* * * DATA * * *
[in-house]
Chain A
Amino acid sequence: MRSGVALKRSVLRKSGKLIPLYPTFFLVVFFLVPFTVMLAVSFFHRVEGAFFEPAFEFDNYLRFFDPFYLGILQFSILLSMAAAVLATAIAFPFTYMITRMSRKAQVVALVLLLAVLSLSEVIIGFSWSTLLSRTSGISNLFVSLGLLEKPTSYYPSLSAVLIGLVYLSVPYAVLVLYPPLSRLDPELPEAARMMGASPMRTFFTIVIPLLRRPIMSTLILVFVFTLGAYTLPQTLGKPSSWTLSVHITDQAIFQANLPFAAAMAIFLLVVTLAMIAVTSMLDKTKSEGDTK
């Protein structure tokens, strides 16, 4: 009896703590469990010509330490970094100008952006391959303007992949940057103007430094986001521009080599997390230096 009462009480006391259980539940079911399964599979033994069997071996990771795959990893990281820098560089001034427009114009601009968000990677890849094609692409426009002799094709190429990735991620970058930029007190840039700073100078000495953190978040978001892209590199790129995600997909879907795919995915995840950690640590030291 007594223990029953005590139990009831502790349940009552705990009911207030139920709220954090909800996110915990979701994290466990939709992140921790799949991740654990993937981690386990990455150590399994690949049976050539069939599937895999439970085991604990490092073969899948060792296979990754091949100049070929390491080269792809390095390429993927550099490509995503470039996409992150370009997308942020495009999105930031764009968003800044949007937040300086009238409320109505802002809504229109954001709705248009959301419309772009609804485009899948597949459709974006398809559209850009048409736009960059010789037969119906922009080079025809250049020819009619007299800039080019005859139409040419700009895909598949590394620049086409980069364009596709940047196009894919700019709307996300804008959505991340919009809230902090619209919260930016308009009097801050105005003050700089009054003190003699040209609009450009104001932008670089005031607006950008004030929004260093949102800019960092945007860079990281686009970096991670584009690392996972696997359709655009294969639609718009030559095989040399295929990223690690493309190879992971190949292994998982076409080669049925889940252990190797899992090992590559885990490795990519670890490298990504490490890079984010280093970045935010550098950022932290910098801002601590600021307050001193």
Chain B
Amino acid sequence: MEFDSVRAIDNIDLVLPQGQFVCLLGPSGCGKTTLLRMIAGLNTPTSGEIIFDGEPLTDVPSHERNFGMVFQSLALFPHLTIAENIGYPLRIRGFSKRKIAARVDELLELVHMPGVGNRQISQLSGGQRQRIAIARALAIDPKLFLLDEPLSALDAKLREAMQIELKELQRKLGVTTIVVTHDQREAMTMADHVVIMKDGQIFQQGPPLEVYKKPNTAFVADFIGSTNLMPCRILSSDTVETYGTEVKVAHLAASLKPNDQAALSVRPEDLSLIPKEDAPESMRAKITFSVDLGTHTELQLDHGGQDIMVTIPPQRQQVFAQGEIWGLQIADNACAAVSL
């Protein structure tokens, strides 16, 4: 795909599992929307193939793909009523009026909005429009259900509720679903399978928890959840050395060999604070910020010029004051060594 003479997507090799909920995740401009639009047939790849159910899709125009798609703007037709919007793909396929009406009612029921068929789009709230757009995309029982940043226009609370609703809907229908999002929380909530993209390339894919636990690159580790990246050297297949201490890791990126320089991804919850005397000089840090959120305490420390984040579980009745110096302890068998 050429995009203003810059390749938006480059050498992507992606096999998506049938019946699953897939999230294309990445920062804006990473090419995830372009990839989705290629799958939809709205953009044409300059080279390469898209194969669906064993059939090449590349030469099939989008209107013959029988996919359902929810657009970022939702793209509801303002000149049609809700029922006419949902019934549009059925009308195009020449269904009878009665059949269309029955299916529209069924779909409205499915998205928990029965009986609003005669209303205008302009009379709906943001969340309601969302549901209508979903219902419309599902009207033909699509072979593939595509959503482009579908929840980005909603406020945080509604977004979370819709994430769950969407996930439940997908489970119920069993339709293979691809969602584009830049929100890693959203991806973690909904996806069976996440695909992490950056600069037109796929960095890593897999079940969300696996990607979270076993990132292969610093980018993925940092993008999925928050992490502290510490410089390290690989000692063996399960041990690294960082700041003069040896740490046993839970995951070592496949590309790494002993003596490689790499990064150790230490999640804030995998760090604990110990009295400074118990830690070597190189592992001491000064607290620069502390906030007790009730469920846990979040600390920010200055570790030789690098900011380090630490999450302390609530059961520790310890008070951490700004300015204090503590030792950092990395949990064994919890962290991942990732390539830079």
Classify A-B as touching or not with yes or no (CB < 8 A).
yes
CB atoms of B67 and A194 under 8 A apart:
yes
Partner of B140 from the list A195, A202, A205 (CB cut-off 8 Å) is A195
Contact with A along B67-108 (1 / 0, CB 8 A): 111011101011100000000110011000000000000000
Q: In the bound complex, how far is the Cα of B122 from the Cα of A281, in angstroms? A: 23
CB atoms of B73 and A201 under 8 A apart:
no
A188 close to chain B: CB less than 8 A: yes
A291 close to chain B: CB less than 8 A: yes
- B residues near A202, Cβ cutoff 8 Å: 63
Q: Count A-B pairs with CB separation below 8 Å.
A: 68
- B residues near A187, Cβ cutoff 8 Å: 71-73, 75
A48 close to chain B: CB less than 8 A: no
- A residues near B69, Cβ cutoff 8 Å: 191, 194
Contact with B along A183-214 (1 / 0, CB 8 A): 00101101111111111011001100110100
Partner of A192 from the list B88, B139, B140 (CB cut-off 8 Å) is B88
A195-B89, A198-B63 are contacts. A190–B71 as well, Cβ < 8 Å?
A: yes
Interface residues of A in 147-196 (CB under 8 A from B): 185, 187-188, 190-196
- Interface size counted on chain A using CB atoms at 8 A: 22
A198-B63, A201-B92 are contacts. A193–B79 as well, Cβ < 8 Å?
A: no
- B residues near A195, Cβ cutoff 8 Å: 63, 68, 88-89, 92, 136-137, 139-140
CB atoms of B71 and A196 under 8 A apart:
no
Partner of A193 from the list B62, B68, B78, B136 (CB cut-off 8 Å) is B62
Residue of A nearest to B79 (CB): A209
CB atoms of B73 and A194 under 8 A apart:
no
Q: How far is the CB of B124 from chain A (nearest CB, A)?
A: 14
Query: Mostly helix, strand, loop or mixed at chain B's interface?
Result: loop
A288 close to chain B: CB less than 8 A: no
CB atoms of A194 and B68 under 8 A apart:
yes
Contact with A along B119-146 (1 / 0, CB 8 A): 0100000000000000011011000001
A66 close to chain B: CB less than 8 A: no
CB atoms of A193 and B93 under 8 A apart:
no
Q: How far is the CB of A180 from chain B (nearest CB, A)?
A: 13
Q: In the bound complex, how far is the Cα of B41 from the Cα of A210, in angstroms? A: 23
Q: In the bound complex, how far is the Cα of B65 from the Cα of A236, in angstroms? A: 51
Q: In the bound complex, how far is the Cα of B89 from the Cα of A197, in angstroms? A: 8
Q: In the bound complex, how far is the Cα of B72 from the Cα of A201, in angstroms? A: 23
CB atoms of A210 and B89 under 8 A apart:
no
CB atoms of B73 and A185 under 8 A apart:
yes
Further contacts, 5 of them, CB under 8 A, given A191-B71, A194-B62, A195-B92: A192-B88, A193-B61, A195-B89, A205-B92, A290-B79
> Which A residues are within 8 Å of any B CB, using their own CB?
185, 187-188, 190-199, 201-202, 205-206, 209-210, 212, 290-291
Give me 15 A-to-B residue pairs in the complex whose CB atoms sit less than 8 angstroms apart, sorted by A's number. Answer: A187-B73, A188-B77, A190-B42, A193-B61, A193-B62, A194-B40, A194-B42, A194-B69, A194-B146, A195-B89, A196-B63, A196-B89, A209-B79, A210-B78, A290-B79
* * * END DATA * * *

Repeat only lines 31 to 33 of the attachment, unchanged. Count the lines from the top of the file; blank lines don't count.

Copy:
A198-B63, A201-B92 are contacts. A193–B79 as well, Cβ < 8 Å?
A: no
- B residues near A195, Cβ cutoff 8 Å: 63, 68, 88-89, 92, 136-137, 139-140